Looking back at text messages I sent, it’s clear I didn’t know how serious things were. And why should I have done? I was high as a kite on morphine. My dad appeared at 1am. More x-rays, queuing up on trolleys with other unfortunates in various states of distress or embarrassment.

And the staff were brilliant. But they had an unbelievable workload. I had to ask to be wheeled into an x-ray theatre so I could wee into a bottle. The chap who got me in there forgot I was in there. No problem, I was grateful for the relief. And still off my face on morphine, probably.

By 5am, the verdict. They’d have to operate at about 9am. I was taken to a day ward. More people came, did more things, and I slept a bit. Did I want a spinal anaesthetic or a general anaesthetic? Oh, knock me out. I was wheeled into theatre to be greeted by a sea of friendly faces. The last thing I remember is wondering what happens when you’re knocked out by general anaesthetic. Well, it’s…

I came round on Monday afternoon at ten past two. Lots of friendly people came round and did lots of things to me. My parents came to visit at about 4pm with supplies. After initially thinking I might be home on Sunday night, I wasn’t going home on Monday either. Lots more people came round and did lots more things. My girlfriend, Clare, arrived later on. She held my hand and I feel asleep.

Life on the day care ward

The doctors visited early on the Tuesday and confirmed I should be able to go. I spent much of the day waiting around for physio and a few other things. There was a lot of time to observe my surroundings.

I’d been placed on a day ward. I’m not sure I was really meant to be there. The stress on the staff and the system was evident. The man next to me had been been there all weekend, expecting to go home all the time. He got his escape wish on Monday night. Someone came in opposite me at the same time and duly did a runner. Clare tells me she heard the hospital staff fretting because he still had equipment in his arm.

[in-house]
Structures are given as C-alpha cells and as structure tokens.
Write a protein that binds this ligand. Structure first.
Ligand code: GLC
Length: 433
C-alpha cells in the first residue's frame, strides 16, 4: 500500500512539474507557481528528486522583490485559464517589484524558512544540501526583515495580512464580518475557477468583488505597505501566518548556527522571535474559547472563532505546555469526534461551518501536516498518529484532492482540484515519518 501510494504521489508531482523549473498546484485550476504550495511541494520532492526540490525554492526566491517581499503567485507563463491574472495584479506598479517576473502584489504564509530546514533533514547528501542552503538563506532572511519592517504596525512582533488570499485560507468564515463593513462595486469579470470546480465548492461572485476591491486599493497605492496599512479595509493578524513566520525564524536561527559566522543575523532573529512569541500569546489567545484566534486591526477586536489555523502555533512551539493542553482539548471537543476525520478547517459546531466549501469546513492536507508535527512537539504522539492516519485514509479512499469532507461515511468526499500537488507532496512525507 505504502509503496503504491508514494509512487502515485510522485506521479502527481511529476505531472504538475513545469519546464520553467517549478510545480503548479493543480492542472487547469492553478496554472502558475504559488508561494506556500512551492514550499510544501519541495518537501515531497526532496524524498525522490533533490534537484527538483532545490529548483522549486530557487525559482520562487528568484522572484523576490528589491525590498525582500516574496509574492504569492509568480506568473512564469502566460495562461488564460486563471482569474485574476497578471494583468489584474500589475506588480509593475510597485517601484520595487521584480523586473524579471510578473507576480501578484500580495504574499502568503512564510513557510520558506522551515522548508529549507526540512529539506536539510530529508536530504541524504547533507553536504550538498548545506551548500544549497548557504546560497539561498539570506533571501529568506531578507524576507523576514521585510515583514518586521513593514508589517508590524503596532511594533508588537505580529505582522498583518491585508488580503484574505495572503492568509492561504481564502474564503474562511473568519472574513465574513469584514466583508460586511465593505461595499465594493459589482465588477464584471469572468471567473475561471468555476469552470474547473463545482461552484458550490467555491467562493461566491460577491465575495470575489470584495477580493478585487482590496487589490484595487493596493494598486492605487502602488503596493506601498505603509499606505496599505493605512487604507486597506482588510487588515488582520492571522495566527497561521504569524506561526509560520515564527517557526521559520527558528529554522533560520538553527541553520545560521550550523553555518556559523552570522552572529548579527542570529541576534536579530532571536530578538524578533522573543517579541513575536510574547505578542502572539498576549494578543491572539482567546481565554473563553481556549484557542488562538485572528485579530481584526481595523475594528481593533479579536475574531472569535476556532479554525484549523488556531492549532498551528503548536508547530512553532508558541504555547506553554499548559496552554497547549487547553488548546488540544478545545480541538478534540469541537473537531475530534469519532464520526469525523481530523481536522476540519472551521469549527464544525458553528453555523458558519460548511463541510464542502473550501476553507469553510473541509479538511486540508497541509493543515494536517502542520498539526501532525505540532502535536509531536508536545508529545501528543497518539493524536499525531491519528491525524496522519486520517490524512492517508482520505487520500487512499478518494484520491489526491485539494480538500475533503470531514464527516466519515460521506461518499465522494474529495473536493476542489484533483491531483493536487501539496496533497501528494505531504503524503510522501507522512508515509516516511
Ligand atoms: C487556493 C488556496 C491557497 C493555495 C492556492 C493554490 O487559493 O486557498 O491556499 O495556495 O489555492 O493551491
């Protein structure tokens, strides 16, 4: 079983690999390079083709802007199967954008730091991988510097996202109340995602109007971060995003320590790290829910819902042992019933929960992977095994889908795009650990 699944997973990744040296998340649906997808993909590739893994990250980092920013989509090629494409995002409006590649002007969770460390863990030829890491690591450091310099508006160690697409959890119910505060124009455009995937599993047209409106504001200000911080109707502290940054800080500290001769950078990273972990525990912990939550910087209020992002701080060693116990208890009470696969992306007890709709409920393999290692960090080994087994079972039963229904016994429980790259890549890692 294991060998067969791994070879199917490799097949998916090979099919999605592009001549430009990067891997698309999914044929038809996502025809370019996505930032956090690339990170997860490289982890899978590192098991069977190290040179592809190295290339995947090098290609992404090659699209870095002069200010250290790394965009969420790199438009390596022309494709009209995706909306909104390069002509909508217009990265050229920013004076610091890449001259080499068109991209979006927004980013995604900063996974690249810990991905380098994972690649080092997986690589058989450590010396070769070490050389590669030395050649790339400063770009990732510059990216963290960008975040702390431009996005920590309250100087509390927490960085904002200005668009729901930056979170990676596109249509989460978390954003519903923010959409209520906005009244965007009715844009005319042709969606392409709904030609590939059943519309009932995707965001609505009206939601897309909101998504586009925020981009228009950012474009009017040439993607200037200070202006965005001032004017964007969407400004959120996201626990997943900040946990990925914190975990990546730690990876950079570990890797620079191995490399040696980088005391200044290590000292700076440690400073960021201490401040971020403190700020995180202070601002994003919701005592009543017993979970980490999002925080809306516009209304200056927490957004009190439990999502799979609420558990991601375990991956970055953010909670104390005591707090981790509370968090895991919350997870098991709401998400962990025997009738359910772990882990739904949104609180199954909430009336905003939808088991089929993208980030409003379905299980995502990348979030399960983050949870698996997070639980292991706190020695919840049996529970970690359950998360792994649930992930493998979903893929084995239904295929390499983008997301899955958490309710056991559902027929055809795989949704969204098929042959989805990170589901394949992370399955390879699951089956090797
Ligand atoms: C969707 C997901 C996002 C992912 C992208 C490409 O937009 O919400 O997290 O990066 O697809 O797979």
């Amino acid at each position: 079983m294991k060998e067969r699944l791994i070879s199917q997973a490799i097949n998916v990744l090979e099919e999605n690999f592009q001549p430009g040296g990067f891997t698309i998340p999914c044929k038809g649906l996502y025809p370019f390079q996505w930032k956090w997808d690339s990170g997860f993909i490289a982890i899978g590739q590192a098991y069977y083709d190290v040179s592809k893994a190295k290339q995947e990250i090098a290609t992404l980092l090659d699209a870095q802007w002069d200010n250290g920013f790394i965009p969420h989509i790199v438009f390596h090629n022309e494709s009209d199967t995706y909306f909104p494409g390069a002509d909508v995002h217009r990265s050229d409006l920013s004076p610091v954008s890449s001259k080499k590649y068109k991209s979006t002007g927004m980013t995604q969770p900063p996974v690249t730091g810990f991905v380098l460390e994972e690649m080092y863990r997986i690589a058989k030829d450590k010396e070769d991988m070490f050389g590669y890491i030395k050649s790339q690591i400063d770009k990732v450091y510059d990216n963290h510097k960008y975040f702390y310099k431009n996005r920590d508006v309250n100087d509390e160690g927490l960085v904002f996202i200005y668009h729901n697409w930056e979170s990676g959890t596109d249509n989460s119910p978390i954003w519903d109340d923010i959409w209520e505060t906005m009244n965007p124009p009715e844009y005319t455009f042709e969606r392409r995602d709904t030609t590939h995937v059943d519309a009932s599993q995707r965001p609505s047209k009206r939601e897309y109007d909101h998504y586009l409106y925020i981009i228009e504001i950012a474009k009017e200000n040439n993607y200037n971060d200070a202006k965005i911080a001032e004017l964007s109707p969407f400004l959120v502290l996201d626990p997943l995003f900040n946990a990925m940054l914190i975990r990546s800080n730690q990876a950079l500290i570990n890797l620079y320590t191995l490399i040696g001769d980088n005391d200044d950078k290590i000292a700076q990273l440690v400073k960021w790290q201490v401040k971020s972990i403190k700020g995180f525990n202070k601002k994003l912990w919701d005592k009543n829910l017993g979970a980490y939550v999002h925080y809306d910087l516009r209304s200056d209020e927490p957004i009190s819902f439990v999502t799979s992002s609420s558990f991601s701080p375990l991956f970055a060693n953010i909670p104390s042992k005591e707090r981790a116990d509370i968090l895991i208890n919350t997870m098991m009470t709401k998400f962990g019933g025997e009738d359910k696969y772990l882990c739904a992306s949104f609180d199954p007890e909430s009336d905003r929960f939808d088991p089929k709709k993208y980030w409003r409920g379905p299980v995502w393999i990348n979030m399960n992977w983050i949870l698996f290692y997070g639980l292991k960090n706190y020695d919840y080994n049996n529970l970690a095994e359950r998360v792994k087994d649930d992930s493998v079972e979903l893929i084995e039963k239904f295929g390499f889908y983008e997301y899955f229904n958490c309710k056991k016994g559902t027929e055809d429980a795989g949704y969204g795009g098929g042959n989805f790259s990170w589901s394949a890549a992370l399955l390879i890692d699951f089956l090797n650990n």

Queen Elizabeth Hospital in Woolwich was opened under an ill-conceived Private Finance Initiative in 2001, and the repayments sank its NHS trust. It’s now under the wing of the neighbouring Lewisham trust, but it’s still hard work — exacerbated by booming populations and the downgrading of Queen Mary’s Hospital, which serves adjacent Bexley borough.

Here I was, one more little strain on a creaking system. Yet I was never treated with anything less than respect, and most of the time I was treated like a friend. One nurse told another patient I was her son — I reckon we’re actually about the same age…

I’ve marched for Lewisham Hospital and sworn at Jeremy Hunt when he’s appeared on my TV. But until Sunday I’d been fortunate enough to have only made minimal use of the National Health Service. By Tuesday, as sleety snow fell on Woolwich Common, I was being loaded into a car, and I was hugely grateful for it.

Unlucky and lucky

Now I’ve got to spend the next few weeks figuring out crutches, trying to forget about lost income, and not travelling very far. Maybe some day I’ll get round to using that vacuum cleaner. I’m grateful to be able to hide out for a few days with my parents, who have the good sense to live in a bungalow. Those stairs can wait…

I was horribly unlucky to have come a cropper on Sunday, but hugely lucky to have encountered the professionalism and friendliness of all at QEH. Our NHS staff deserve better than the treatment they get from ignorant politicians and a servile media that can afford to turn a blind eye to the consequences of their actions, from bad finance deals to smears and bullying over a “seven day NHS” that plainly already exists.

They need our support — now.

And without the actions of my neighbours, who waited for 90 minutes with me for that ambulance, I’d be in an even worse state.

A few years ago, I created a news site for my neck of the words, which I called the Charlton Champion because it was nicely alliterative. Well, I met the Charlton champions on Sunday night — it turns out they were my neighbours. To them, thank you.